Narrative Non-fiction Short Courses
|Start Date||Start Time||Duration||Cost||Course Code||Apply|
|Tuesday 2 October 2012||18:30 - 20:30||10 weekly classes||£220.00||CE1220||Course Full|
|Tuesday 22 January 2013||18:30 - 20:30||10 weekly classes||£220.00||CE1220||Apply Now|
|Tuesday 14 May 2013||18:30 - 21:00||8 weekly classes||£220.00||CE1220||Apply Now|
Peter Forbes is a science writer with a special interest in the relationship between art and science. He initially trained as a chemist and worked in pharmaceutical and popular natural history publishing, whilst writing poems, and articles for magazines such as New Scientist and World Medicine. He has written numerous articles and reviews, many specializing in the relation between the arts and science, for the Guardian, Independent, The Times, Daily Mail, Financial Times, Scientific American, New Scientist, World Medicine, Modern Painters, New Statesman, and other magazines.
He was editor of the Poetry Society's Poetry Review from 1986-2002 and played a major role in the rise of the New Generation Poets. He has edited three anthologies: Scanning the Century: The Penguin Book of the Twentieth Century in Poetry (Viking, 1999), We Have Come Through (Bloodaxe, 2003) and The Picador Book of Wedding Poems (Picador, 2012). The Gecko's Foot, a book on the new science of bio-inspired materials, was published by Fourth Estate in 2005 and was long-listed for the Royal Society Prize. Dazzled and Deceived: Mimicry and camouflage (Yale University Press, 2009) won the 2011 Warwick Prize for Writing. He was Royal Literary Fund Fellow at Queen Mary, University of London (2004-7), and at St George's, University of London (2010-12).
Good written and spoken English is needed for the narrative non fiction course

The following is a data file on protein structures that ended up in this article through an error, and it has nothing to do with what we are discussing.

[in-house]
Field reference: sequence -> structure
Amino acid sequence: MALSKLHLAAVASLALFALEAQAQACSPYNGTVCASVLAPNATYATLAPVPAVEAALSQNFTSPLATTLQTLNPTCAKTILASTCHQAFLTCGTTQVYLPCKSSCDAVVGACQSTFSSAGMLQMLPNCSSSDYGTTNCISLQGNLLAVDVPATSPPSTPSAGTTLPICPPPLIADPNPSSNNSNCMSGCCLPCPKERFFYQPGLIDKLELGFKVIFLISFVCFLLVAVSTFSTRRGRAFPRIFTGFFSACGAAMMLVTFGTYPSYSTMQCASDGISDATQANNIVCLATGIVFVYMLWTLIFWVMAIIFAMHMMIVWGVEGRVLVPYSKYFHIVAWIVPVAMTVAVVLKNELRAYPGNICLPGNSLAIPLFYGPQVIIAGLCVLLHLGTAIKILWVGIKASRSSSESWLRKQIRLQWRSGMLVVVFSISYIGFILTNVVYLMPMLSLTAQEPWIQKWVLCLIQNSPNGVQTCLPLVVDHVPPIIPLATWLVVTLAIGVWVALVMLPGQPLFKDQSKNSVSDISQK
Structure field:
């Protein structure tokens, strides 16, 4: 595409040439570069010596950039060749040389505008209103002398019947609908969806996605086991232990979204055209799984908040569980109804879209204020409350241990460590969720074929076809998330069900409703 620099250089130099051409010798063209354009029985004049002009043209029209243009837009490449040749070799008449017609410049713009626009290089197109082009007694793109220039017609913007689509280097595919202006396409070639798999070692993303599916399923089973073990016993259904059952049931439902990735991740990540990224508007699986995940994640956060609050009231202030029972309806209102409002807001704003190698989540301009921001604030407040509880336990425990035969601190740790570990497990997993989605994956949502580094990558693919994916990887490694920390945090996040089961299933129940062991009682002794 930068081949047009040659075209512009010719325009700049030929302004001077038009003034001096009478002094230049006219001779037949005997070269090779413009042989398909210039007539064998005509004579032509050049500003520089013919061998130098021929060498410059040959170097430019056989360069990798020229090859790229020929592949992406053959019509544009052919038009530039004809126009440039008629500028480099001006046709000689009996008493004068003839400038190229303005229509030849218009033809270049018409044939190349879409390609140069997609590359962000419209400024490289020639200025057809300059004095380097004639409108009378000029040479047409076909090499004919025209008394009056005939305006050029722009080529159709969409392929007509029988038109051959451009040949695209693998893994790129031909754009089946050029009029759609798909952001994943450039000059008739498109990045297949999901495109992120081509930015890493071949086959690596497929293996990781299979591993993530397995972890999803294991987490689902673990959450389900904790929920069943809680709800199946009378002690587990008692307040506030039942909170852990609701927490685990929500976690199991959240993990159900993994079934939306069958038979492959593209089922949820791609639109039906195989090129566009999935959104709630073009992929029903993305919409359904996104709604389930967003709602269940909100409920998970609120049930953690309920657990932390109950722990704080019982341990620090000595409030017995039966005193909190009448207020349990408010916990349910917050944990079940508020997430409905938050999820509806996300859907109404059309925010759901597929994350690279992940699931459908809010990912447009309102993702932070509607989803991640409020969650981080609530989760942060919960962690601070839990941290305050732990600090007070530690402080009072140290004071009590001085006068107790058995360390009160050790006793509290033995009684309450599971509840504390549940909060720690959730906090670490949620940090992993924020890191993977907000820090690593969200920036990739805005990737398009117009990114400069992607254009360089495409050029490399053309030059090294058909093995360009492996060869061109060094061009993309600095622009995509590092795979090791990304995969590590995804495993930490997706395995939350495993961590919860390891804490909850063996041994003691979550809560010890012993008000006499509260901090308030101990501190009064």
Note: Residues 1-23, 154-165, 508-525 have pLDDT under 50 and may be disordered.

What will I learn?
- To identify your appropriate non-fiction genre.
- To analyse critically your own and others' work.
- To initiate, research and compose a piece of narrative non-fiction.
- To begin drafting a book proposal.
Teaching and Assessment
There is no assessment, but the course aims to teach students how to edit and judge their own work through exercises, both individual and in small groups, where reading aloud encourages group discussion. The aim of this course is to encourage students in their writing and offer them the chance to improve their skills. Guidance will also be given on how to prepare a book proposal. Guest speakers may include Julie Wheelwright, director of the MA in Creative Writing (Non-fiction) at City University London, and also an editor/publisher with tips on how to get published.
Katherine Boo, Behind the Beautiful Forevers - a documentary account of a Mumbai slum, written novelistically.
Edmund de Waal, The Hare with the Amber Eyes - a personal quest memoir.
Jeanette Winterson, Why be Happy When You Could be Normal - personal memoir.
Robert MacFarlane, The Old Ways - rhapsodic, highly literary nature writing.
Rebecca Skloot, The Immortal Life of Henrietta Lacks - the story behind a dramatic and terrible medical story and much more, the writer's relationship with one of the family coming centre-stage.
Tom Wolfe, The Right Stuff - pioneer text of the New Journalism that spawned creative non-fiction as a genre.
Robert Pirsig, Zen and the Art of Motorcycle Maintenance - philosophic polemic/personal narrative intertwined.
James D. Watson, The Double Helix - pioneering work of telling science like it is.
SOME BOOKS ON LANGUAGE AND WRITING
Guy Deutscher, The Unfolding of Language (Arrow Books). Revelatory book on the evolution of language. It will never look the same again.
John Whale, Put it in Writing (out of print but available very cheap from Amazon if you're quick).
Keith Waterhouse, Waterhouse on Newspaper Style (Revel Barker). Don't be put off by the title. All writers will enjoy Waterhouse's pithy take on language.
Lynne Truss, Eats, Shoot and Leaves (Fourth Estate). The classic that manages to make punctuation entertaining.
You will learn to write with clarity and confidence; and will gain confidence in group discussion.